Reliving a Horrible Event: William Finn on A New Brain and the Falsettos Revival

News   Reliving a Horrible Event: William Finn on A New Brain and the Falsettos Revival In 1992 composer William Finn collapsed crossing 45th Street after seeing Falsettos at the Golden Theatre, for which he had received two Tony Awards just three weeks earlier. He was soon diagnosed with AVM, a tangle of blood vessels in his brain, and the experience became the inspiration for his 1998 Off-Broadway musical A New Brain. Recently revived as a staged concert as part of the Encores! Off-Center series at New York City Center, Finn opens up to Playbill.com about revisiting this painful period in his life and the changes he's made.

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In A New Brain, composer Gordon Michael Schwinn, played in the current revival by Jonathan Groff, collapses face-first onstage. The incident marks the beginning of his diagnosis with a brain tumor. While lying in his hospital bed awaiting treatment, he fears that he will die with his best work still inside him. Told through both humor and drama, his journey is colored by those closest in his life: an overbearing mother (Ana Gasteyer), a ruthless kid-show host (Dan Fogler) and his boyfriend Roger (Aaron Lazar).

Using his personal experience with AVM, Finn wrote the music and lyrics, as well as co-wrote the book with longtime collaborator James Lapine (the two also worked together on Falsettos and later, The 25th Annual Putman County Spelling Bee). The show premiered at the Lincoln Center, featuring Malcolm Gets, Chip Zien, Liz Larsen and Kristin Chenoweth.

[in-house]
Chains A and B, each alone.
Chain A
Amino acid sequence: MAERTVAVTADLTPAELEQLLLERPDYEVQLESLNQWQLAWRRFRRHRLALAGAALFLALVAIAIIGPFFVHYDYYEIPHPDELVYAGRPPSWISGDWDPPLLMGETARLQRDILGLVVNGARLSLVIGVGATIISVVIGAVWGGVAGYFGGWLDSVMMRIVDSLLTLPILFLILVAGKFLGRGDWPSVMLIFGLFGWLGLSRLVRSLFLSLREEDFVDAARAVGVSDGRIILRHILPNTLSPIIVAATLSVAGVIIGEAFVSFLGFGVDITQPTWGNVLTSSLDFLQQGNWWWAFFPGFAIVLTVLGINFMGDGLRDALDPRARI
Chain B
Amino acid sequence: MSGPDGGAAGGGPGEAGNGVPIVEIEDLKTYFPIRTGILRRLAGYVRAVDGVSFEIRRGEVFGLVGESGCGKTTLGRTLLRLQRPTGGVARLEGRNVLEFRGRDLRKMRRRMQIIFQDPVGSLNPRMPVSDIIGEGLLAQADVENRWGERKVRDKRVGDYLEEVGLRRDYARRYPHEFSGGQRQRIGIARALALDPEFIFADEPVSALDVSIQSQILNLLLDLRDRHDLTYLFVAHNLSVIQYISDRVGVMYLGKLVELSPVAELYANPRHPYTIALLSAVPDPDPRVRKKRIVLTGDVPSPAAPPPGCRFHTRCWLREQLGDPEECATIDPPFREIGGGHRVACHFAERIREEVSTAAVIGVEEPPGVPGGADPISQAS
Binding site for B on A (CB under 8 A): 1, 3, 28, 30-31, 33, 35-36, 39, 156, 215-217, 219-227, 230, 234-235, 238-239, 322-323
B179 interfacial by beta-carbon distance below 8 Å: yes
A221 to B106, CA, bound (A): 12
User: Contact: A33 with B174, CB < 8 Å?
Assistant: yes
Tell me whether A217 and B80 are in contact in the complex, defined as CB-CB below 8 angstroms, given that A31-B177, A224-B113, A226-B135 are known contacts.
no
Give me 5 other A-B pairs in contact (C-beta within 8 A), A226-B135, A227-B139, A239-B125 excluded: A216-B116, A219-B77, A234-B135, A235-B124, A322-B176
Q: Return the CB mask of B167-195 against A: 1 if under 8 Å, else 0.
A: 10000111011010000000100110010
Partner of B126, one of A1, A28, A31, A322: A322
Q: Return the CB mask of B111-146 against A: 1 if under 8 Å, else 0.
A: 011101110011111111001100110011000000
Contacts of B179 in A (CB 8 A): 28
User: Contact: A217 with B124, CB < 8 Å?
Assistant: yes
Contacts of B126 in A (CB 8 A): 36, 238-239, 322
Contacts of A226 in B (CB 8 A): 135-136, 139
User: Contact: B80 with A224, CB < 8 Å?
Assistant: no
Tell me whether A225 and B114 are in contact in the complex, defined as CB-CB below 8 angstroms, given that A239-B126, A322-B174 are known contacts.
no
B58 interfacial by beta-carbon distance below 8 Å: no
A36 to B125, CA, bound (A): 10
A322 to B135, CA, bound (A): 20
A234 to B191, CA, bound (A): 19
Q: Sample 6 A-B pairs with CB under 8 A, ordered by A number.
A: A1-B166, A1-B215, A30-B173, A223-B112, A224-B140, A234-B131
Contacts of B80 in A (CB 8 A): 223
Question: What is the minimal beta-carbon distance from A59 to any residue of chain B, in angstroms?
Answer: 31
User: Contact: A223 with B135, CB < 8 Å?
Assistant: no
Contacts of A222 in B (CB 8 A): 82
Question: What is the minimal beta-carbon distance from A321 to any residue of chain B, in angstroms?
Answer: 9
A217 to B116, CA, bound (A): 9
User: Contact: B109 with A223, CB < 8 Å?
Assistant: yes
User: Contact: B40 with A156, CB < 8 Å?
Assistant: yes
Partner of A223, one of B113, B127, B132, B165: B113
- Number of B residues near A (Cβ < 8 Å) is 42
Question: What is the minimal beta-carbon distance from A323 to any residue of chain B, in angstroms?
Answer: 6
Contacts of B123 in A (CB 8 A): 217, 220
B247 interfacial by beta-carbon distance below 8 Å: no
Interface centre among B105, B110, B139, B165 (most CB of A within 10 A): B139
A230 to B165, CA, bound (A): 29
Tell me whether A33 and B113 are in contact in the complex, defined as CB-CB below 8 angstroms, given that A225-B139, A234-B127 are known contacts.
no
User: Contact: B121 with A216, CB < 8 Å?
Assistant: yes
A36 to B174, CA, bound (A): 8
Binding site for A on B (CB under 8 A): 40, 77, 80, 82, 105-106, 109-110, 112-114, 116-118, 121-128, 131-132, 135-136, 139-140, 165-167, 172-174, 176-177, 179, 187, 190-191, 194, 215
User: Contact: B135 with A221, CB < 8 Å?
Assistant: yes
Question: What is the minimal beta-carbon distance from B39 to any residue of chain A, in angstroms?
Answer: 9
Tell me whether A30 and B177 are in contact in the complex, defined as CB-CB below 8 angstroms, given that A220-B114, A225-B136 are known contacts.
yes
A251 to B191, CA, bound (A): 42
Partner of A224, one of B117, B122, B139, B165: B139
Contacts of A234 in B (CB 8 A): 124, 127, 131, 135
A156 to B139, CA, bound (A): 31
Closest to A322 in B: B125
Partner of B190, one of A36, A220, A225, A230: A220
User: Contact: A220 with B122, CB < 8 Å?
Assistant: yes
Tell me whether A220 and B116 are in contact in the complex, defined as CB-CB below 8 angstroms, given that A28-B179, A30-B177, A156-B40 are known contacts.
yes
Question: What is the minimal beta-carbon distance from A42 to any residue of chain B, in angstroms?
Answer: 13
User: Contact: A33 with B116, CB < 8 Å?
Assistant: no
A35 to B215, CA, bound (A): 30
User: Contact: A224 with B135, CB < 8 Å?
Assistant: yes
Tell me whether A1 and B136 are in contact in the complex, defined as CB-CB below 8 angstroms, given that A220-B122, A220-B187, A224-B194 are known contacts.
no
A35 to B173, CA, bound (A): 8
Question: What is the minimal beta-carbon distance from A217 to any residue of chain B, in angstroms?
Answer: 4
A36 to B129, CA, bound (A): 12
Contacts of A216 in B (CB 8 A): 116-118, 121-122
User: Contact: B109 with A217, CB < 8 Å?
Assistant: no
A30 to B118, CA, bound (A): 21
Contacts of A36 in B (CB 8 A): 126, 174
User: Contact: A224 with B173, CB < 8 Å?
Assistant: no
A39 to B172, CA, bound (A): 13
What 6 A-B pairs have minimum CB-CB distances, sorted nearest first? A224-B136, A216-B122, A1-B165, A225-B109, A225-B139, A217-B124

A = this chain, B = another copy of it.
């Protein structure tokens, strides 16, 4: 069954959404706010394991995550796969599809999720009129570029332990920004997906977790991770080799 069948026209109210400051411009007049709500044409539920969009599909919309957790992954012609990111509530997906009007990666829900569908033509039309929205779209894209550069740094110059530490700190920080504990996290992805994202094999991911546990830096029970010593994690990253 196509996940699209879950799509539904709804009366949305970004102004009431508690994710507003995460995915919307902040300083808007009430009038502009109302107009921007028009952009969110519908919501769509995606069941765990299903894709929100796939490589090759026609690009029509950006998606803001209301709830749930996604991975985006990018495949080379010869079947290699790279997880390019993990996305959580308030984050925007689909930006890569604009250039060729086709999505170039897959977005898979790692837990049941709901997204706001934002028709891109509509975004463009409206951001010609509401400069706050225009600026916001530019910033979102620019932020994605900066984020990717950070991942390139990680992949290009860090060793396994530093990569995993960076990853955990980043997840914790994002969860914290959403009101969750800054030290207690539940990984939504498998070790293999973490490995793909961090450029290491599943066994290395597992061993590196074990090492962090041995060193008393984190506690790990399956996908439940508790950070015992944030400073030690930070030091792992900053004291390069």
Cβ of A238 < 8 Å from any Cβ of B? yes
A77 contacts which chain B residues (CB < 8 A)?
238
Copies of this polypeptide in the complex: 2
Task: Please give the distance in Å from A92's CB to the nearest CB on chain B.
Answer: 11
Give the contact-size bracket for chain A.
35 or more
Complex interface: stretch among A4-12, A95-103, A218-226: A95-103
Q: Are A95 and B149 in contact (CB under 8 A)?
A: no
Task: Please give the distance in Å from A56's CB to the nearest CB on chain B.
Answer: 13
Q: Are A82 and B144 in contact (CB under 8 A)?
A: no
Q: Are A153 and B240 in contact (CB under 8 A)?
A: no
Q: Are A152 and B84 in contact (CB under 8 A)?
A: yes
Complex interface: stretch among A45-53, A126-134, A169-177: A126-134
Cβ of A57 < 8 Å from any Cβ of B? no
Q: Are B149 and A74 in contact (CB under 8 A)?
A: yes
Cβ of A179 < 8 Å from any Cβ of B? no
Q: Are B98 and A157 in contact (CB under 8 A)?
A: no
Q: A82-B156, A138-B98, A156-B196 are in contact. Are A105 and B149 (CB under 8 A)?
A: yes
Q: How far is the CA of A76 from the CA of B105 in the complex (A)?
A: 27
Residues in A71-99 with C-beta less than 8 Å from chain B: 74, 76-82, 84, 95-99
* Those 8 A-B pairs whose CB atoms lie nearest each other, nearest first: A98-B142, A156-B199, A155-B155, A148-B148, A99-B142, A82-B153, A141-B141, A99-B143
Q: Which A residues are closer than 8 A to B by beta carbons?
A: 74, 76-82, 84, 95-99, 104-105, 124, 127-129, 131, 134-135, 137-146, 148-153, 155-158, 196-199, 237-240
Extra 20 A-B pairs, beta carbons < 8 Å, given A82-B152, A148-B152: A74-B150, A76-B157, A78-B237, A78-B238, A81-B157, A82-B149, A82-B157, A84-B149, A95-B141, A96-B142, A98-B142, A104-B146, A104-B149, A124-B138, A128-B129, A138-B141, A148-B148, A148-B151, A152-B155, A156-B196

In the program notes for A New Brain, Finn admits that to "relive, re-imagine, re-invent, a horrible event from one's life is approached with huge trepidation. And joy. And nausea." Unlike his character in the show, Finn was, at the time of his diagnosis, already a success, but much of the show is based on real-life events. "All these weird things, in fact, happened," he states.

When asked if it was painful to revisit the story, he is hesitant. "That wasn't the painful thing, there were other painful issues," he says. Finn is referring to his mother's death during the rehearsal period, who he visited frequently while preparing for the production. "That she was a character in the show only made it worse – or better. I'm not sure," he explains in the program notes. "It was a weird time in my life when it went on and it's nice to see it again with clearer eyes," he tells Playbill.com. To be able to revisit A New Brain, has given him and Lapine the opportunity to make several changes. "There's a lot," he says. "If you know the show well, there are many changes."

"We're re-imagining certain things, making it a little darker," reveals Finn. "I don't think at the beginning you understand the severity of the whole thing because I couldn't deal with it. I couldn't deal with any of the darkness or the anger at the time. It's a little too gleeful in the original version. It's not dark as I've written it, but it's a little less linear and there are dark overtones in some things."

"Most of them were Lapine inventions, so it's always fun," he adds.

When asked whether the duo plan on taking a similar approach for the upcoming anticipated Falsettos revival, he is adamant that they will leave the show intact. "There will not be any changes," he confirms.

Finn says that he is thrilled to be able to continue working with Lapine after so many years. "His mind is so fertile and he's just such a good collaborator that it's enormous fun to work with him." Also close friends for several years; Lapine visited Finn in the hospital when he was diagnosed with AVM. "He was incredibly sweet. He would ask, 'Are you taking notes?'" Finn says in the New Brain notes. "I'd look at him like he had lost his mind, and say, "James, I'm dying. You're the one who is supposed to take the notes."

Despite re-living this challenging period of his life, restaging A New Brain has been a "delight" for Finn.

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